• Britain's Prime Minister Theresa May leaves 10 Downing Street to attend the weekly Prime Minister's Questions session, in parliament in London, Wednesday, March 14, 2018. The Kremlin says Russia rejects the deadline that Britain gave it to explain any involvement in the poisoning of an ex-Russian spy.

    Britain's Prime Minister Theresa May leaves 10 Downing Street to attend the weekly Prime Minister's Questions session, in parliament in London, Wednesday, March 14, 2018. The Kremlin says Russia rejects the deadline that Britain gave it to explain any involvement in the poisoning of an ex-Russian spy. Associated Press

LONDON -- Britain's prime minister chaired a meeting of the country's national security council Wednesday after Moscow ignored a midnight deadline to explain how a nerve agent developed by the Soviet Union was used against a former spy in England.

Theresa May is set to announce a range of economic and diplomatic measures against Russia in response to the assault on Sergei and Yulia Skripal. The father and daughter remain in critical condition in a hospital in Salisbury, southwestern England.

May said Monday that Russia is "highly likely" to blame, and that Moscow faced "extensive" retaliation if it could not explain how the nerve agent came to be used.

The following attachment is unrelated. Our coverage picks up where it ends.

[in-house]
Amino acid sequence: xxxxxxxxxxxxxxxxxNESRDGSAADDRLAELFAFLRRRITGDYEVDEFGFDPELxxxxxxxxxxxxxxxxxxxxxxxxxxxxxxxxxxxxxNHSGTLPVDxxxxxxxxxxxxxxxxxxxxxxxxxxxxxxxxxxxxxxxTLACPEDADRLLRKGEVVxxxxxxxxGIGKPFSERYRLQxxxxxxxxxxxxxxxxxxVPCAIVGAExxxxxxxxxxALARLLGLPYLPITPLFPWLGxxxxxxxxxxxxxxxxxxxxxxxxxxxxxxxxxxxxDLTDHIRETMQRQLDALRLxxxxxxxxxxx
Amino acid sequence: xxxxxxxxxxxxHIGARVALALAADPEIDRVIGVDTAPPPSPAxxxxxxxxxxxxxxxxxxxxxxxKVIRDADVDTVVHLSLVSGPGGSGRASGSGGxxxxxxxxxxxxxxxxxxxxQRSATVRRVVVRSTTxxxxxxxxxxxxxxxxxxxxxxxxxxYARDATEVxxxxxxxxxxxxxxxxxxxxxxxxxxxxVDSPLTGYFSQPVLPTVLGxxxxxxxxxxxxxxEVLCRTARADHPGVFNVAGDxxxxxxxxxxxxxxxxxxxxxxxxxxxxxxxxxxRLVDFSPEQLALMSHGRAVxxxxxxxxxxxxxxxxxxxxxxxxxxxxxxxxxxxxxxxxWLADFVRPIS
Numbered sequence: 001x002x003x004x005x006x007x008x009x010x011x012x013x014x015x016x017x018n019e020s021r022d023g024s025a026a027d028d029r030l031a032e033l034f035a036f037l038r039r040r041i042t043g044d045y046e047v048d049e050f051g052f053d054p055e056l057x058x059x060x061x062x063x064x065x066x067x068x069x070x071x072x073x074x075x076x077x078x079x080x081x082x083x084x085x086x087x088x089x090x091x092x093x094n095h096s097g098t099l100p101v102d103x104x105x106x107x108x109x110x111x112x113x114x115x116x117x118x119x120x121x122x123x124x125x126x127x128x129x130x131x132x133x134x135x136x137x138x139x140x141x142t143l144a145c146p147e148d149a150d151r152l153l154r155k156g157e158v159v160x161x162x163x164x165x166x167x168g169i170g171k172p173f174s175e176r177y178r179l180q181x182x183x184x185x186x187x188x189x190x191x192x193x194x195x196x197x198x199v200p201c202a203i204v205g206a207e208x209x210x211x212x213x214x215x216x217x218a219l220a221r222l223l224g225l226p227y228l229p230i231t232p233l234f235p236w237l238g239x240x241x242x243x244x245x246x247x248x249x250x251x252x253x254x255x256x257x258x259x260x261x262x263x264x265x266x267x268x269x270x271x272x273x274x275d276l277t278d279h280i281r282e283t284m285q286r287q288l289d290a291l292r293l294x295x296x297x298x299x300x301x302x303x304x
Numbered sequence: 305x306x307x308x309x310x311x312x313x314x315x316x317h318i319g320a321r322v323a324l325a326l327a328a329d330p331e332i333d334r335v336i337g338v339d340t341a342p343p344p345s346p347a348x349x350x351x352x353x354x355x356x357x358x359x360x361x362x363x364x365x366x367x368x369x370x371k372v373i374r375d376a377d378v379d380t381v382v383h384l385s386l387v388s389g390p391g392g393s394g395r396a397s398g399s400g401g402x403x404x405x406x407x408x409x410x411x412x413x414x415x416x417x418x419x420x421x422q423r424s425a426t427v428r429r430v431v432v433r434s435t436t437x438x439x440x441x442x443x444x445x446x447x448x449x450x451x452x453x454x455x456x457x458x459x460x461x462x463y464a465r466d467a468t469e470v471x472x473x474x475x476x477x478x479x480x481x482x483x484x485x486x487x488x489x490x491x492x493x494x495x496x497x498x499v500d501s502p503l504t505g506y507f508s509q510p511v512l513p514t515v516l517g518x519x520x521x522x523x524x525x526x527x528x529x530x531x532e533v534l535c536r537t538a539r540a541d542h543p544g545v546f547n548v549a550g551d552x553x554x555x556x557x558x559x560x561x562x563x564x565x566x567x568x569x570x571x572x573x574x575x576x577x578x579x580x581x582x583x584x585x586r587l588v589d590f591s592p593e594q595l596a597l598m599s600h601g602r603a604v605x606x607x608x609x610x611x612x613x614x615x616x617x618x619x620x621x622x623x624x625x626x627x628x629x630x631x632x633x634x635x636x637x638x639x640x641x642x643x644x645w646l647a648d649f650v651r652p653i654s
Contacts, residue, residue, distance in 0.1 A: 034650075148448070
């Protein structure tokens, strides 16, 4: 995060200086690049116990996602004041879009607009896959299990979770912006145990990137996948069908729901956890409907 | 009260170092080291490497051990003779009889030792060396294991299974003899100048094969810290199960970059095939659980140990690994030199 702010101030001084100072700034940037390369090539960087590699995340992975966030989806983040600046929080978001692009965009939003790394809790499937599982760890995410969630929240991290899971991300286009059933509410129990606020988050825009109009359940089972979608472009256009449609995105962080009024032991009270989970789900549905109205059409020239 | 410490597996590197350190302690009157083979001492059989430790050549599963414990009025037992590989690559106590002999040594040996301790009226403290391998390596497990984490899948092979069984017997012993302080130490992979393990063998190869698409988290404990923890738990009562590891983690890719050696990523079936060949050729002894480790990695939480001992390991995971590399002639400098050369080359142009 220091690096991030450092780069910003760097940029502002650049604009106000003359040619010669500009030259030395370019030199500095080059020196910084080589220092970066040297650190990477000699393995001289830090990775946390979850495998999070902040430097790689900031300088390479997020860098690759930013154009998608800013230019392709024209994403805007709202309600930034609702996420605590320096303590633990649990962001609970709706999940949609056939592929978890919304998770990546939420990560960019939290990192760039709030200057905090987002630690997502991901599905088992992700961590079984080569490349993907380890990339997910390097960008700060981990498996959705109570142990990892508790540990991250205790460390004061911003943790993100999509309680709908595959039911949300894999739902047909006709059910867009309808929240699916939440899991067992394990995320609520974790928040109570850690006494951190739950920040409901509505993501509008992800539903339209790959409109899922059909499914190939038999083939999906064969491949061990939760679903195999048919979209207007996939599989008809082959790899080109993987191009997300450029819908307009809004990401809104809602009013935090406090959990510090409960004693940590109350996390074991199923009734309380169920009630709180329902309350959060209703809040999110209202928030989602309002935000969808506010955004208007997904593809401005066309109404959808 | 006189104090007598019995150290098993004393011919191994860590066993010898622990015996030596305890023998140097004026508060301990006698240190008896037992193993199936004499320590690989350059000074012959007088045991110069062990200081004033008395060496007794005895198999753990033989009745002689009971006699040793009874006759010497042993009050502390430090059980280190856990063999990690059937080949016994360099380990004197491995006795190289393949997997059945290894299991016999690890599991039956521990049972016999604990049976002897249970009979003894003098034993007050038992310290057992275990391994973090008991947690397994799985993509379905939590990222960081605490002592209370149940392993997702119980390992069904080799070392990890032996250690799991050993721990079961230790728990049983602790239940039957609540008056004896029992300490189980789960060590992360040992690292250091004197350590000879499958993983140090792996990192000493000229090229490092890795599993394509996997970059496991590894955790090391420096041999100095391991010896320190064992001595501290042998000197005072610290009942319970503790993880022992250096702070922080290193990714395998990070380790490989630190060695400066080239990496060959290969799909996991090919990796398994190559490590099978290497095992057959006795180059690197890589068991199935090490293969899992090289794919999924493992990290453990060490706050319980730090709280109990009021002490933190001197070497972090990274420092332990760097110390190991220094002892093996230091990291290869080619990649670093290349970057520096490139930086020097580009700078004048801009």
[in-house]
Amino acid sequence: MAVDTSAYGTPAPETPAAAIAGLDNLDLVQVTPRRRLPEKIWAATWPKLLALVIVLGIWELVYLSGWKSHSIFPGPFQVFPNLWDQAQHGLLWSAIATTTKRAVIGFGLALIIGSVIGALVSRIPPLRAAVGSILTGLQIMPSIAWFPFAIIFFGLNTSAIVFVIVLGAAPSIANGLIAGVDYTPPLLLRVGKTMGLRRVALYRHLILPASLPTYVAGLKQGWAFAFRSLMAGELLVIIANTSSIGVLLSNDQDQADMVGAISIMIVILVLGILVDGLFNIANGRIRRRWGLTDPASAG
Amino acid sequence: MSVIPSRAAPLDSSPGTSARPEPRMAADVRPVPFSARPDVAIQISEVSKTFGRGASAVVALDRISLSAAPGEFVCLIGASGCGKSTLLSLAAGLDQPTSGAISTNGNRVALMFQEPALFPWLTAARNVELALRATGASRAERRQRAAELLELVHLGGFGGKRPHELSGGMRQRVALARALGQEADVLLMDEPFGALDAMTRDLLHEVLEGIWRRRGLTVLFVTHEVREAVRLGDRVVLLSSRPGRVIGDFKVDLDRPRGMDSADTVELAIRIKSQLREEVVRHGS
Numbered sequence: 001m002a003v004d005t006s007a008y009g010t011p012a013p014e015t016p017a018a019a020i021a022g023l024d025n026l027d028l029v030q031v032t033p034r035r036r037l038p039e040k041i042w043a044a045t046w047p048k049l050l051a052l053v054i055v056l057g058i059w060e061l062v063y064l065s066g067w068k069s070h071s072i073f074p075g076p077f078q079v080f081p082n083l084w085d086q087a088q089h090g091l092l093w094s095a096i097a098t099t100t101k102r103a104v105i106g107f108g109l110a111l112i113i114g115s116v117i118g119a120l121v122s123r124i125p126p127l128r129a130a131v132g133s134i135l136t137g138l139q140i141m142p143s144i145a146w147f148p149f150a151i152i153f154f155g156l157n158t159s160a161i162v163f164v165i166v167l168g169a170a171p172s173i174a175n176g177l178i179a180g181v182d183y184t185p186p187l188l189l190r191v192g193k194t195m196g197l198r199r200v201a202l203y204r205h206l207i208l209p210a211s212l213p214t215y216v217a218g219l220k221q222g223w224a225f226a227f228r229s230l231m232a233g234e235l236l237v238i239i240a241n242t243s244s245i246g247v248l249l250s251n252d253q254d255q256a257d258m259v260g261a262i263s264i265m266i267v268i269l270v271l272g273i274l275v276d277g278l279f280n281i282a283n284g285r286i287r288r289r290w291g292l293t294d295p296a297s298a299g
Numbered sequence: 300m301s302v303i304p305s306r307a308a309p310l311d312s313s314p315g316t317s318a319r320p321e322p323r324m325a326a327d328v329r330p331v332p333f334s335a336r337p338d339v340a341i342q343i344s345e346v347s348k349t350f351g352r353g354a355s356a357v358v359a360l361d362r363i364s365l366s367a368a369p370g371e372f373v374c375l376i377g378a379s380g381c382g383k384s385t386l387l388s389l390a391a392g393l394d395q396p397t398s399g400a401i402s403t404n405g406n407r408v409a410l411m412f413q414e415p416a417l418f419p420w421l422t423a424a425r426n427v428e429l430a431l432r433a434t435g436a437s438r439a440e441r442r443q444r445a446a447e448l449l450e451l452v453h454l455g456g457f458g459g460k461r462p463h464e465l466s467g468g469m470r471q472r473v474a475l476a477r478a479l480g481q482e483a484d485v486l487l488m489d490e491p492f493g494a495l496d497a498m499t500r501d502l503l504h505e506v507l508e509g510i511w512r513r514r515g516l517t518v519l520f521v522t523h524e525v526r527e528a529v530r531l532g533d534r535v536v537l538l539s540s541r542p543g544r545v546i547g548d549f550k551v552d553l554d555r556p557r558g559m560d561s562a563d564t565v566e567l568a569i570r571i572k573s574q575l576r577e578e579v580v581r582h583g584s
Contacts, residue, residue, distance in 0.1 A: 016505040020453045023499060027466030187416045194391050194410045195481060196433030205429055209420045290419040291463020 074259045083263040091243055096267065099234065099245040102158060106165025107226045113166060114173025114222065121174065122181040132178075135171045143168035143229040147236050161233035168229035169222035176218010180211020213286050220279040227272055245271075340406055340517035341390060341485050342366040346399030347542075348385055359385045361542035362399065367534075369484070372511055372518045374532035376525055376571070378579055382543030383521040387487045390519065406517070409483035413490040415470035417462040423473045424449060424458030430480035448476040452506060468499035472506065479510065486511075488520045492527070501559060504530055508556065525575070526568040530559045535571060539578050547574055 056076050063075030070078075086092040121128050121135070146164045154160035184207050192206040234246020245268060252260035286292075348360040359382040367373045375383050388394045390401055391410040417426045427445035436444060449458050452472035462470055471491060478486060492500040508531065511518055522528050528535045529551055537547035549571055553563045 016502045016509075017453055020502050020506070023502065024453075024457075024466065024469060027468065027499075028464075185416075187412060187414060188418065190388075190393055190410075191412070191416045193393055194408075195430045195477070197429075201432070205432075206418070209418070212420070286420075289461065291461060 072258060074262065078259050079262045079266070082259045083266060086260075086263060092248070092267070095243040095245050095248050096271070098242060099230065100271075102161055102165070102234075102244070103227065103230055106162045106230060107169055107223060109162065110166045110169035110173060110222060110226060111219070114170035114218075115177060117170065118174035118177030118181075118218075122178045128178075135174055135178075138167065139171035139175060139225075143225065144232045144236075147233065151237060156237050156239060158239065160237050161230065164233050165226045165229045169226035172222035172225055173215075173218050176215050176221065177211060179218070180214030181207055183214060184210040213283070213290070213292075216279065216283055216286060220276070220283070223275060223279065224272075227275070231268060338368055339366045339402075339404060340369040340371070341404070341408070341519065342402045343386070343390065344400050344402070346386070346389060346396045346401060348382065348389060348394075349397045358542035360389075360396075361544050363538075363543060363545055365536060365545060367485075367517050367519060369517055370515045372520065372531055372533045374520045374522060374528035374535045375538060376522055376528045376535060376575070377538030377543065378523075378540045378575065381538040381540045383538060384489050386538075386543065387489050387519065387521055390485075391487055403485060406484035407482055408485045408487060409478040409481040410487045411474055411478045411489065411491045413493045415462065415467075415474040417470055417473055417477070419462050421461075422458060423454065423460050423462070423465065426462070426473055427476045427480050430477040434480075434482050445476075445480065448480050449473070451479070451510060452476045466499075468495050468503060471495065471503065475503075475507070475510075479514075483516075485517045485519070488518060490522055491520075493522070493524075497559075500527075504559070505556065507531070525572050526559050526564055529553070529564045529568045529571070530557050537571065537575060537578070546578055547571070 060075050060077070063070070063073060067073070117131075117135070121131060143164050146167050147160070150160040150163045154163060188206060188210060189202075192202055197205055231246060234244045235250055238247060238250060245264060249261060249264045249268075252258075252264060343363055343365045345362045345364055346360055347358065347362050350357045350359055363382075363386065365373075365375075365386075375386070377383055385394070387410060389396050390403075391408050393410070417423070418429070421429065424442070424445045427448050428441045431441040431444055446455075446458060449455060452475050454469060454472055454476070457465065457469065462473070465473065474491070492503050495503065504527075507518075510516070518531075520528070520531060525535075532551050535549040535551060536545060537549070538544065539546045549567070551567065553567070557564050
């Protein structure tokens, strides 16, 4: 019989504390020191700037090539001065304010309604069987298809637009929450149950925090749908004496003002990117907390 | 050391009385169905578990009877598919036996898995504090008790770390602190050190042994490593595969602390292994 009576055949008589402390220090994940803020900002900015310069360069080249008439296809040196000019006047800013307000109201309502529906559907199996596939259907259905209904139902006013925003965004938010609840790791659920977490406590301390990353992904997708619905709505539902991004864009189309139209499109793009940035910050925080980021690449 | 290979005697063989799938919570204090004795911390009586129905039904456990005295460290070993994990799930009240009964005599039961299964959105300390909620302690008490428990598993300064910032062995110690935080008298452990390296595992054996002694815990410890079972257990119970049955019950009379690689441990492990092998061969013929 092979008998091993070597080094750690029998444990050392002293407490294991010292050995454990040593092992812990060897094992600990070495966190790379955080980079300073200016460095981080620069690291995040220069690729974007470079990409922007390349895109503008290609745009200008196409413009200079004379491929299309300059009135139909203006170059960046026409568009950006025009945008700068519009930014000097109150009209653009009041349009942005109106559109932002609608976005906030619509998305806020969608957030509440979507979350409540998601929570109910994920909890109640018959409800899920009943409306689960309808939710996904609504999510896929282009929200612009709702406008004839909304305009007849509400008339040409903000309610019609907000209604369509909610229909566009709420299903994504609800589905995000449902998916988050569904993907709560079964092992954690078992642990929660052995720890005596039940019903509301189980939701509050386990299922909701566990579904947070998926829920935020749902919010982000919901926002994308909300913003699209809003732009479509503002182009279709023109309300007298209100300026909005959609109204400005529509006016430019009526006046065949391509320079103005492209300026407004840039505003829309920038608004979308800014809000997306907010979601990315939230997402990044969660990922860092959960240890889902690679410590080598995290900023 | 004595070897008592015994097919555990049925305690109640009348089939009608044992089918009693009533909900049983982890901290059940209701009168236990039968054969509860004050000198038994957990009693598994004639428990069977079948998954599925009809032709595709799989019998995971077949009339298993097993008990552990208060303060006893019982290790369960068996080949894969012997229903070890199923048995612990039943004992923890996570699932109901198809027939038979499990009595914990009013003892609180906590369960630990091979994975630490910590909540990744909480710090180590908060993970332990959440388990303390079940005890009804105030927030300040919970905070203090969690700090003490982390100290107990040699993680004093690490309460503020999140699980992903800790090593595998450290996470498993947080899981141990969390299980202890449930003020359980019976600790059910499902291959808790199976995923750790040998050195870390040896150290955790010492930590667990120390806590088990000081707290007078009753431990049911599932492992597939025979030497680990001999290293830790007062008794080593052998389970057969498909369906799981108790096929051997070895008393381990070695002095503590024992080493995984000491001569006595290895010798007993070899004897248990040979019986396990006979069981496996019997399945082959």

She is due to update lawmakers in the House of Commons Wednesday afternoon on what Britain will do to respond. The U.K. is likely to expel Russian diplomats, withdraw British officials from this summer's soccer World Cup in Russia and impose financial sanctions on Russians linked to President Vladimir Putin.

Moscow said it would not comply with Britain's demands unless the government provides samples of the poison collected by investigators.

Putin spokesman Dmitry Peskov told reporters on Wednesday that Russia "rejects the language of ultimatums."

Peskov said Britain has so far only offered "baseless accusations which are not backed up by any evidence." He said Russia would cooperate with the investigation but does not see Britain's willingness to reciprocate.

"We hope reason will prevail and other countries will think hard how serious the evidence against Russia is," he said.

Russia has claimed that the nerve agent could have come from another former Soviet country, pointing to Moscow's foe, Ukraine.

Lawmaker Vladimir Gutenev, a member of the state commission for chemical disarmament, said Russia had scrapped its stockpile of Novichok, the nerve agent used against the Skripals.

"It is hard to say what may be happening in neighboring countries," he was quoted as saying by the Interfax news agency.

Britain has sought support from allies in the European Union and NATO, including the United States. May's office says President Donald Trump told the prime minister the U.S. was "with the U.K. all the way."

On Wednesday it also called for an urgent meeting of the U.N. Security Council to discuss the investigation.

European Council President Donald Tusk said Wednesday that the attack was "most likely" inspired by Moscow and announced he would put the issue on the agenda at an EU leaders' summit next week.

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Vladimir Isachenkov in Moscow and Raf Casert in Brussels contributed to this story.